Cultivating the Land

A creative pursuit and an example of sustainable farming

The Source

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Situated near Mortlake in western Victoria, Richard and Jenny Weatherly have produced a now thriving property, one built on respect for the land and its natural inhabitants.


When Richard and Jenny came to Connewarran, it was a "relatively degraded piece of land."

They decided to repair the property and work within its natural parameters.

"We have to learn to understand the environment and that’s what we've been trying to do here," explains Jenny. "We live within it."


For Jenny, the importance of the environment has always been at the forefront of her mind.

The couple established one and a half million trees and added pastures, wetlands and drainage.

Today, Jenny admires the maturing trees, that she grew and planted from seed, knowing that it's all been worthwhile.

"It's a terrific pleasure to go out there and see lambs gambling together." - Richard Weatherly

Working with their son and business manager, Hamish, the couple has delighted in Connewarran's gradual evolution over time, revealing ecological riches and bringing great pleasure to many.

"It's a bit like coming to the end of a really good painting and realising that it's something that has come from me," says Richard.

For Richard, there's a sense of satisfaction in "seeing people experience genuine pleasure - sometimes over several generations - from something that I've made from within my mind."


Connewarran is home to a flock of Merino sheep and an increasing number of bird species.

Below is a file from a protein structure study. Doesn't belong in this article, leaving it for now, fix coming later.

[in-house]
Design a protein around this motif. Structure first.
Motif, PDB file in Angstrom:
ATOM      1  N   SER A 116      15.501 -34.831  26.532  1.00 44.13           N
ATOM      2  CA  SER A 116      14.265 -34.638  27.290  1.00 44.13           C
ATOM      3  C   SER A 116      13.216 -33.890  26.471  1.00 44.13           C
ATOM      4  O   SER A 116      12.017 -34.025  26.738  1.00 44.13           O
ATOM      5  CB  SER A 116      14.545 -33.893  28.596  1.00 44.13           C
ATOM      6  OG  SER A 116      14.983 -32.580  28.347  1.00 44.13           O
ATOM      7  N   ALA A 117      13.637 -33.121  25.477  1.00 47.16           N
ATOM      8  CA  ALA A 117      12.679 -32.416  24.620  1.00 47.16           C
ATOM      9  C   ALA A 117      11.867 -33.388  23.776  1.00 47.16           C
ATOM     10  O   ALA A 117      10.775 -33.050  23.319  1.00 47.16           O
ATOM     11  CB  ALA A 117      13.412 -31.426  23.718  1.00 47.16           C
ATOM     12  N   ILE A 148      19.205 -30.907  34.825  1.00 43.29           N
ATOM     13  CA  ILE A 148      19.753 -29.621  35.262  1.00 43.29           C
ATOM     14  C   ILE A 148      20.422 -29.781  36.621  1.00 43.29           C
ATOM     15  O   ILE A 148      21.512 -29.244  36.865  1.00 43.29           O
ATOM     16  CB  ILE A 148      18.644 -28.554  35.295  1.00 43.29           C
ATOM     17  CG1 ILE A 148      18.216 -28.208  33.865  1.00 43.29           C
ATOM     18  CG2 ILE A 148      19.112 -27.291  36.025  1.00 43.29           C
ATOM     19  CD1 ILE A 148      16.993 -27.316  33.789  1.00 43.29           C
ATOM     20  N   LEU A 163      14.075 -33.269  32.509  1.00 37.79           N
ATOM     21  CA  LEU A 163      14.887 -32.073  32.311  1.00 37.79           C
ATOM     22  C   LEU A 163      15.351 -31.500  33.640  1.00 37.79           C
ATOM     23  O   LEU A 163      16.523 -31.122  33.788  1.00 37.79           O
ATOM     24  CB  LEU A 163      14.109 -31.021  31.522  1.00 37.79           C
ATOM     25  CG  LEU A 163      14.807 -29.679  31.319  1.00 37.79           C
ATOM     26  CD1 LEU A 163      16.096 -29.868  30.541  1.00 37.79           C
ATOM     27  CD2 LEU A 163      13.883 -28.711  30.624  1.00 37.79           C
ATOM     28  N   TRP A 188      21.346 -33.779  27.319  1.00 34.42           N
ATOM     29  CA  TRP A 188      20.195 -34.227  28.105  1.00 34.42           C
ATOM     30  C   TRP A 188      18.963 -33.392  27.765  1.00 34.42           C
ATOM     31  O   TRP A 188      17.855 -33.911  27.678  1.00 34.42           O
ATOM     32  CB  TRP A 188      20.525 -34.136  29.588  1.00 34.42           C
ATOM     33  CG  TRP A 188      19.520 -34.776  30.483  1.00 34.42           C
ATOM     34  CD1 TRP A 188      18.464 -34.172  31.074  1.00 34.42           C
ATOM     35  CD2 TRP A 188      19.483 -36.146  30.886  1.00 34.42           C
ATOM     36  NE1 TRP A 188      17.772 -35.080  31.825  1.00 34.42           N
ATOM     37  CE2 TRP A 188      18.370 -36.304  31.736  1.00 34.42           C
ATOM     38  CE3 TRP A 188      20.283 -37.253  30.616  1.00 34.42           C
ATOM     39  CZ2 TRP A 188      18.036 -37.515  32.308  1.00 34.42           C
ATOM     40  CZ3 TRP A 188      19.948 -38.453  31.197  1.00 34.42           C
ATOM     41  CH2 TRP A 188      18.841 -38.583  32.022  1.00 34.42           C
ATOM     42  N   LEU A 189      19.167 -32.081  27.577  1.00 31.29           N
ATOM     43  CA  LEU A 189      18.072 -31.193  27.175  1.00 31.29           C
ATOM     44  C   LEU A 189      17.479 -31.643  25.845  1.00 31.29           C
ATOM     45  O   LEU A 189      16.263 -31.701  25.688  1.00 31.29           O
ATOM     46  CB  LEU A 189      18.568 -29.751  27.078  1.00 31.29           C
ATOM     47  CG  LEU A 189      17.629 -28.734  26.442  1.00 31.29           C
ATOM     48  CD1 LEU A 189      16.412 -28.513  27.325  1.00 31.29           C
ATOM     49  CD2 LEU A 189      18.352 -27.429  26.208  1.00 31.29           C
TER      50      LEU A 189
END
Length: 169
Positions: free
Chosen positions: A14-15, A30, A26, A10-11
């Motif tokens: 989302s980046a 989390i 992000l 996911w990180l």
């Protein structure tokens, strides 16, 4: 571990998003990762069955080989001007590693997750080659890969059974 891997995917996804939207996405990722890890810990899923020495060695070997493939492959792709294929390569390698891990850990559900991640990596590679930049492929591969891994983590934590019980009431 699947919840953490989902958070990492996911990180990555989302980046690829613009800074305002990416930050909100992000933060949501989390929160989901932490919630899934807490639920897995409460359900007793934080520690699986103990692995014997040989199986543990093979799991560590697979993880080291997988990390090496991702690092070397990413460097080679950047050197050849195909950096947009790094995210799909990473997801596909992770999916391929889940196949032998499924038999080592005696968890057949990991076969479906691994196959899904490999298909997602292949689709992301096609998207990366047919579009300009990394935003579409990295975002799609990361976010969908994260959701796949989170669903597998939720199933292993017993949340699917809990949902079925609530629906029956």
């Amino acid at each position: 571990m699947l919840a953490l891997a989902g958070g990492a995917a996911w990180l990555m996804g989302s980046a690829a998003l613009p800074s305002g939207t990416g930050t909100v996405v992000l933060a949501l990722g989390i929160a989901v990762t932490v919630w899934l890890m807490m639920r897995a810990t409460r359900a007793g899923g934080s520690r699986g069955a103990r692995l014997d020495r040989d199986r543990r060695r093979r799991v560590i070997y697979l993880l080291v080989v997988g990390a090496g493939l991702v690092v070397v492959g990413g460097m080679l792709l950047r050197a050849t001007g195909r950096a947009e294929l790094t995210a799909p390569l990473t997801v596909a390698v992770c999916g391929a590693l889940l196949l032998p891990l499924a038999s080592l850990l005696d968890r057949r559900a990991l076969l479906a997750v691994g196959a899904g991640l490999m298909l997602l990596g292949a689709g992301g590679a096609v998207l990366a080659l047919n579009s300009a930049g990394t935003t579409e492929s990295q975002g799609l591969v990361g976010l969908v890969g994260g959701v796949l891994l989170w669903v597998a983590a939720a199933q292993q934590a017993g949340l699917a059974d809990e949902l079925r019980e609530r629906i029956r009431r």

He sees his Merino flock as the "workmen" of the business and takes care of their creature comforts like shelter and a good diet to ensure they are "placid and content."

And as a fourth-generation Connewarran farmer, Richard is fortunate to have his father's and his grandfather's bird logs, which recorded the species seen on the property over time.

"My grandfather recorded 111 species and my father recorded 148 species," explains Richard. "We’ve seen 215 or 216 species on the property now."


Jenny muses that there are approximately 850 bird species in Australia, so "if we get a quarter of them here, that's pretty amazing."

Richard and Jenny travel widely and are keen to observe agricultural practices overseas.

"It's a really interesting point that if you're too close to your country and you’ve not see other countries, how much do you know about it?" says Richard.

"We come back and we think: we are absolutely blessed with what we have," says Jenny.

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